Overtaking is as satisying as ever, and competitors are much more aggressive in their response this time, meaning defensive manouvres are every bit as important as they are in the sport itself. Pirelli's terminal tyres add an extra layer of tension to races, punishing those that don't make a conscious effort to look after them. 'Out' laps are vital, with brake and tyre temperatures having a much greater impact on performance than they did in F1 2010 – you'll be nursing the car around the track until you've reached optimal temperatures, or suffer a collossal spin as a consequence.
When you do finish that all important opening race, you'll be treated to either a celebratory animation, or a dejected shot of your avatar being chided by the team, depending on how well you've done. This, unfortunately, seems to be the one big change Codemasters have made to the Career mode, with everything else staying pretty much true to F1 2010's sensibilities. Contract offers and their requirements are a little less cut and dry, but you'll still end up plumping for a lower offer as a result of holding out too long.
Lack of change aside, the Career mode is as thrilling as ever, and provides an extremely strong foundation for Codemasters to work on in future iterations.
A Beautiful Sport
The tracks themselves are much more vibrant this time around, with the greys and browns of last year's game moving over for a much broader colour palette. Spa truly is a sight to behold, with its dense forestry presenting a tunnel of spectacular green as you soar past it at over two hundred miles per hour. The cars, as they are in the real world, have become objects of desire; their glossy finishes and fighter-jet-like silhouettes rendered in beautiful detail. And that's without mentioning the weather effects, which to be frank, are some of the best I've ever seen. In short, F1 2011 is a fantastic looking game.
These luscious visuals do come at a cost though, with loading times interrupting the races themselves - infinitely infuriating when you're about to hit the apex of a particularly tight hairpin. Leaving the garage nearly always brings the game to a grinding halt as it renders the world you're about to traverse at a quarter of the speed of sound. Whether it's something Codemasters can fix with a subsequent patch remains to be seen, but for now we'll just have to put up with the frustrating issue that's been rearing its ugly head since last year's title.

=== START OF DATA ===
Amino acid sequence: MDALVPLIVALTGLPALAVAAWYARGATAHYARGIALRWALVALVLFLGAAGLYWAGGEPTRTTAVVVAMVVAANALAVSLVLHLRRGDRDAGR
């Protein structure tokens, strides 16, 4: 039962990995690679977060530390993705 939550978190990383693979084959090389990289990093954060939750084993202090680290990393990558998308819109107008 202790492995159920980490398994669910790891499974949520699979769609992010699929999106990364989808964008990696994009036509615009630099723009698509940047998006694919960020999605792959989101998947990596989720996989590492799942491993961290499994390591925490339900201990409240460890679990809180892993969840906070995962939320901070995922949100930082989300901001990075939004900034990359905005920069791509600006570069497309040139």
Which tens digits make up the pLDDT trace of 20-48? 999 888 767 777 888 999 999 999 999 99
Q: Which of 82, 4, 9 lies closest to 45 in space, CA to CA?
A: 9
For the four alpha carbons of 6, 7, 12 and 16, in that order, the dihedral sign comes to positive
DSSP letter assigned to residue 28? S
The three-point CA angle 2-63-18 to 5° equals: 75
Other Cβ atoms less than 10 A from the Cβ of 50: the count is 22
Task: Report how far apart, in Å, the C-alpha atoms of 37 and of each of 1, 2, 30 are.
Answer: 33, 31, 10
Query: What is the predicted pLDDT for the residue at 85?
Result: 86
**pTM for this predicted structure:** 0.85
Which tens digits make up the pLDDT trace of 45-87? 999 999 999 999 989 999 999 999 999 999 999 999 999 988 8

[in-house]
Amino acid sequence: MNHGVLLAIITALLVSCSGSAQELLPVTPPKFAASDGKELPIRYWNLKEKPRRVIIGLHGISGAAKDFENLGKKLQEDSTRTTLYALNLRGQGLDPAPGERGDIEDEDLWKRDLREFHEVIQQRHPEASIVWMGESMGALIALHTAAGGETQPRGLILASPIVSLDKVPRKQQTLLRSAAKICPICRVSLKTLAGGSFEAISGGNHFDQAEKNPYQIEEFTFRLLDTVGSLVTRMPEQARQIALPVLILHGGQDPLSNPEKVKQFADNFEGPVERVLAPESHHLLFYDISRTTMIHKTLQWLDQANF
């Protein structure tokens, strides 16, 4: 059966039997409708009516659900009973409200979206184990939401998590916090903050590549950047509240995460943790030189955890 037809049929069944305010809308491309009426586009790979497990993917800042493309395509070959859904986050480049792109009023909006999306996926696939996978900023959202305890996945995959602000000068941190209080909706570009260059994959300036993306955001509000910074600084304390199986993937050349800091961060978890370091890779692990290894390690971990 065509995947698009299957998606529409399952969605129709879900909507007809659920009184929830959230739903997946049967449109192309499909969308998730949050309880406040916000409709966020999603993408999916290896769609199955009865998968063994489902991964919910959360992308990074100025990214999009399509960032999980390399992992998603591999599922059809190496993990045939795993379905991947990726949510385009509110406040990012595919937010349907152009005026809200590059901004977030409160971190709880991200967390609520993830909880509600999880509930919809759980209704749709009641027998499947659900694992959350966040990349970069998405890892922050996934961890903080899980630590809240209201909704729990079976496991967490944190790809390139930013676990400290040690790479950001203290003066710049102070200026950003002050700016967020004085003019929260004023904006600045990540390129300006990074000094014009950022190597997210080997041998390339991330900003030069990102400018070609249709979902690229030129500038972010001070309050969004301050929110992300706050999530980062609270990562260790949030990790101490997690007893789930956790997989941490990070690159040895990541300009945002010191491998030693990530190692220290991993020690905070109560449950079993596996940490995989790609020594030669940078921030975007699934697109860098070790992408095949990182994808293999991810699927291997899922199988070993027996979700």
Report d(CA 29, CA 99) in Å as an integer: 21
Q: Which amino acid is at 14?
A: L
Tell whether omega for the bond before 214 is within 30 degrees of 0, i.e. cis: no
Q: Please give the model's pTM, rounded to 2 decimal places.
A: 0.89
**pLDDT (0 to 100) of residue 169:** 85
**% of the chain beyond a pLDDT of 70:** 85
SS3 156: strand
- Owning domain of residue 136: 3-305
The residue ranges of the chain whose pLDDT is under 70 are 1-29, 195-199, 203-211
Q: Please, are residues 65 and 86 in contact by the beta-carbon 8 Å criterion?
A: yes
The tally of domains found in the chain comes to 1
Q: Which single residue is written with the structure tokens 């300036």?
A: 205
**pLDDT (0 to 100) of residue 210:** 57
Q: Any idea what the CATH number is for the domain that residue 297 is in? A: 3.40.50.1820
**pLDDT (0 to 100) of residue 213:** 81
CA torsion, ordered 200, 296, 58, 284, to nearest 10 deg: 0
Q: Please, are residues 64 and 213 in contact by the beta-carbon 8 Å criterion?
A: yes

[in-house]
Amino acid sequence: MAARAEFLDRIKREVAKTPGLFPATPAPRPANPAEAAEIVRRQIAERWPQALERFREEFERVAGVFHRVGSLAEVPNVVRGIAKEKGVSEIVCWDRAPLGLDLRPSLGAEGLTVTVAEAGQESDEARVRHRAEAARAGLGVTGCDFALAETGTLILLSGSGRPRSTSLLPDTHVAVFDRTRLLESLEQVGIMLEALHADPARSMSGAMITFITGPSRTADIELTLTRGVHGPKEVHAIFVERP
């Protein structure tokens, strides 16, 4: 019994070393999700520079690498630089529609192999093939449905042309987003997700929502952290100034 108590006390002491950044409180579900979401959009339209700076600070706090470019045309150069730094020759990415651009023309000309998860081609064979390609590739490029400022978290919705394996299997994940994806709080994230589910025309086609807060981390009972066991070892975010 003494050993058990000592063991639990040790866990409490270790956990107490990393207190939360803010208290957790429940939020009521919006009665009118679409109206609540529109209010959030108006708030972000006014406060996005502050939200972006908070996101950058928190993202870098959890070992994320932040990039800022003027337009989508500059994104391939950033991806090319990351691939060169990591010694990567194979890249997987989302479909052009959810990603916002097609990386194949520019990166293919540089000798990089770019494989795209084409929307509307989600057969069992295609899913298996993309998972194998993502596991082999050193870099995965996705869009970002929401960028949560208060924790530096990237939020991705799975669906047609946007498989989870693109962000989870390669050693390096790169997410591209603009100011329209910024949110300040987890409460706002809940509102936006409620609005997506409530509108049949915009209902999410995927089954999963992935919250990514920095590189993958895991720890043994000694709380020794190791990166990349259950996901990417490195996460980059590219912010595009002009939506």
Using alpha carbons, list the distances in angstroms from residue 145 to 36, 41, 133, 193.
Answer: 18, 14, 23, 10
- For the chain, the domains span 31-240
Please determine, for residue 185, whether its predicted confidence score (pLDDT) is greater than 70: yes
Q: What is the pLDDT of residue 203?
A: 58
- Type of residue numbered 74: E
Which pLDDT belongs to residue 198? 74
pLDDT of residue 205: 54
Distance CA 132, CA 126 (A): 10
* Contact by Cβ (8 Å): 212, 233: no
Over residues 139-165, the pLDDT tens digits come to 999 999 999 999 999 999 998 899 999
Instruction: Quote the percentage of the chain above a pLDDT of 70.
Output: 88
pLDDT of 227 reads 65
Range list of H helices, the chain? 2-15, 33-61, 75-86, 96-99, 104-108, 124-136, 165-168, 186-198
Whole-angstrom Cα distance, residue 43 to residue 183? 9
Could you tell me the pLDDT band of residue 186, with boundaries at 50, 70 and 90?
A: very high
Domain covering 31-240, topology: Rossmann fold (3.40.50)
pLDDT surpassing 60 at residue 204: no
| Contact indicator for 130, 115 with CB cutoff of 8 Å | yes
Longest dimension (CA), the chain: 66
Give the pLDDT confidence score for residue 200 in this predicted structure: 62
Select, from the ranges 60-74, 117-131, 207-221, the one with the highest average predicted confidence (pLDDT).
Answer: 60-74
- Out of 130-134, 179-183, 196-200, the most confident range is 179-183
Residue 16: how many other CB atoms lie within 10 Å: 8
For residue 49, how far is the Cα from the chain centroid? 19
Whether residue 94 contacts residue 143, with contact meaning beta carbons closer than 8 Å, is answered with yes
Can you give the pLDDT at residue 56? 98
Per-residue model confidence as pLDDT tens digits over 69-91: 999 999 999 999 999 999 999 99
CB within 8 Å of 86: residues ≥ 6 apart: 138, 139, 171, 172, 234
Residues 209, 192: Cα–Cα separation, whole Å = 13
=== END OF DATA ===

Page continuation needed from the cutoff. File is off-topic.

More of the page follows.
I Get By With A Little Help...
One of this year's biggest additions is that of a co-op championship mode, allowing you and a friend to fight it out for the number one driver's spot, as well as the Constructor's title in a team of your choosing. For me at least, this mode is the highlight of F1 2011, upping the competitive stakes as the pair of you battle not just in the races, but also in practice and qualifying sessions to be the apple in your team manager's eye.
In addition, F1 2011 features the usual competitive multiplayer races, with up to 16 players (and 8 AI drivers) able to pit themselves against one another and earn experience points to level up your profile. Finding other players can be a bit of a chore, with each game featuring its own ruleset as decided by the host. Often you'll be spectating the last five laps of a race just to be a part of the next lineup, only for everyone to bail out and leave you sitting in the lobby alone. Still, this is more of a community shortcoming than any real fault of the developer, and the online options are enough to extend the time you'll spend with the game.
- Unsurpassed vehicle physics
- Absolutely gorgeous to look at
- Co-op championship
- In-race stuttering under loading
- Career still lacks some flair
- Where's the Geordie guy?
Despite some minor technical snags and a career mode that hasn't advanced too far beyond last year's offering, Codemasters have delivered the definitive Formula 1 simulation. Fans owe it to themselves to get their hands on this game.